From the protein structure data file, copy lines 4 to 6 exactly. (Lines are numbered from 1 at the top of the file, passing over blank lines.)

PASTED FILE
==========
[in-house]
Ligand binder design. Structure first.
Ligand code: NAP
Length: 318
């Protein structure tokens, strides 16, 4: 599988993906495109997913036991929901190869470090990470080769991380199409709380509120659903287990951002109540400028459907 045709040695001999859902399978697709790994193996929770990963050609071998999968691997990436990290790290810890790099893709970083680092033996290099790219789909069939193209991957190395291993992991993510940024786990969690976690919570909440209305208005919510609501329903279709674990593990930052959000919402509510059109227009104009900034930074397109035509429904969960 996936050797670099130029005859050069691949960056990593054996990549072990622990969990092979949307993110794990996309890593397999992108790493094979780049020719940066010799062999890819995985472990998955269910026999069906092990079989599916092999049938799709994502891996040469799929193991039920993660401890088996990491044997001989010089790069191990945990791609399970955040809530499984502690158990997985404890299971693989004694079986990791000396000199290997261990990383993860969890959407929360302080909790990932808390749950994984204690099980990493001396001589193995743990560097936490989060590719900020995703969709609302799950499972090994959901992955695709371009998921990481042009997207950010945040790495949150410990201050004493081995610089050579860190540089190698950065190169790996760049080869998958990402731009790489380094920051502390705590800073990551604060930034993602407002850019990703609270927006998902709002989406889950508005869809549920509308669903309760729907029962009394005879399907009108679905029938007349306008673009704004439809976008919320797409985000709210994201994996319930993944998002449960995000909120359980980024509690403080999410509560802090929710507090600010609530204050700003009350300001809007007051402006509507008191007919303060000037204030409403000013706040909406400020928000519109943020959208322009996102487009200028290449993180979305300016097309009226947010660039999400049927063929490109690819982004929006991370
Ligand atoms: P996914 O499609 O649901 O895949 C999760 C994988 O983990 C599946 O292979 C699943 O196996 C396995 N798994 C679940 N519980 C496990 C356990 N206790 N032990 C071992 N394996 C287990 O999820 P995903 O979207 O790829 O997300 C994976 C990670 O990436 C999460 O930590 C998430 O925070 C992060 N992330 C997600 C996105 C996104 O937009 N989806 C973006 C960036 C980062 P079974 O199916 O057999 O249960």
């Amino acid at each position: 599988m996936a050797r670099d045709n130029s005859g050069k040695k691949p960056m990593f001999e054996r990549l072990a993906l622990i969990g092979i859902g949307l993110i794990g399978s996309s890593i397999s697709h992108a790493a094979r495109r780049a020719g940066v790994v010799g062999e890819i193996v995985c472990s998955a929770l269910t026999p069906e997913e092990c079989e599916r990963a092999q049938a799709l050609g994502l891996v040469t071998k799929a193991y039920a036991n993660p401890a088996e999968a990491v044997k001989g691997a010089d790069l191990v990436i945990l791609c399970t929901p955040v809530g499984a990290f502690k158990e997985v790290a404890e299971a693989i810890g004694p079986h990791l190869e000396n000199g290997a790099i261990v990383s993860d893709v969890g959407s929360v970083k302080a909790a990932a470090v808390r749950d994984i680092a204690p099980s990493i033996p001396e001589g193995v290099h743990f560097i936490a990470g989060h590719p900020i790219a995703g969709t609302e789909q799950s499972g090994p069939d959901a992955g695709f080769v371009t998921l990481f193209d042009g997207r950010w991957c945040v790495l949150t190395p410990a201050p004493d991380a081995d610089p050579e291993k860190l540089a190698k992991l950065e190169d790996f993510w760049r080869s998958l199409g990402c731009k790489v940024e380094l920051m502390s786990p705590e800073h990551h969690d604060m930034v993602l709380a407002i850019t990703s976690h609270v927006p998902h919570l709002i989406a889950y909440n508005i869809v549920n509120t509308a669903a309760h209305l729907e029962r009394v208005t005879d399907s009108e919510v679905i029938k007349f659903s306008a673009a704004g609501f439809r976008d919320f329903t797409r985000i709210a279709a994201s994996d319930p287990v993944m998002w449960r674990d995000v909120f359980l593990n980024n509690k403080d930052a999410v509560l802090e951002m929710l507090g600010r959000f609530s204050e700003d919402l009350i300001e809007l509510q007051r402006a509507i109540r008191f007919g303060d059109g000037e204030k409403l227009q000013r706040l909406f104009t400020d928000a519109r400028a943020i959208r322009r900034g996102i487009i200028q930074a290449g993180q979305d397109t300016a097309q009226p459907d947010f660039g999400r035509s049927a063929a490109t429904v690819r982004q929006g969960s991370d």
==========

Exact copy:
Length: 318
């Protein structure tokens, strides 16, 4: 599988993906495109997913036991929901190869470090990470080769991380199409709380509120659903287990951002109540400028459907 045709040695001999859902399978697709790994193996929770990963050609071998999968691997990436990290790290810890790099893709970083680092033996290099790219789909069939193209991957190395291993992991993510940024786990969690976690919570909440209305208005919510609501329903279709674990593990930052959000919402509510059109227009104009900034930074397109035509429904969960 996936050797670099130029005859050069691949960056990593054996990549072990622990969990092979949307993110794990996309890593397999992108790493094979780049020719940066010799062999890819995985472990998955269910026999069906092990079989599916092999049938799709994502891996040469799929193991039920993660401890088996990491044997001989010089790069191990945990791609399970955040809530499984502690158990997985404890299971693989004694079986990791000396000199290997261990990383993860969890959407929360302080909790990932808390749950994984204690099980990493001396001589193995743990560097936490989060590719900020995703969709609302799950499972090994959901992955695709371009998921990481042009997207950010945040790495949150410990201050004493081995610089050579860190540089190698950065190169790996760049080869998958990402731009790489380094920051502390705590800073990551604060930034993602407002850019990703609270927006998902709002989406889950508005869809549920509308669903309760729907029962009394005879399907009108679905029938007349306008673009704004439809976008919320797409985000709210994201994996319930993944998002449960995000909120359980980024509690403080999410509560802090929710507090600010609530204050700003009350300001809007007051402006509507008191007919303060000037204030409403000013706040909406400020928000519109943020959208322009996102487009200028290449993180979305300016097309009226947010660039999400049927063929490109690819982004929006991370
Ligand atoms: P996914 O499609 O649901 O895949 C999760 C994988 O983990 C599946 O292979 C699943 O196996 C396995 N798994 C679940 N519980 C496990 C356990 N206790 N032990 C071992 N394996 C287990 O999820 P995903 O979207 O790829 O997300 C994976 C990670 O990436 C999460 O930590 C998430 O925070 C992060 N992330 C997600 C996105 C996104 O937009 N989806 C973006 C960036 C980062 P079974 O199916 O057999 O249960």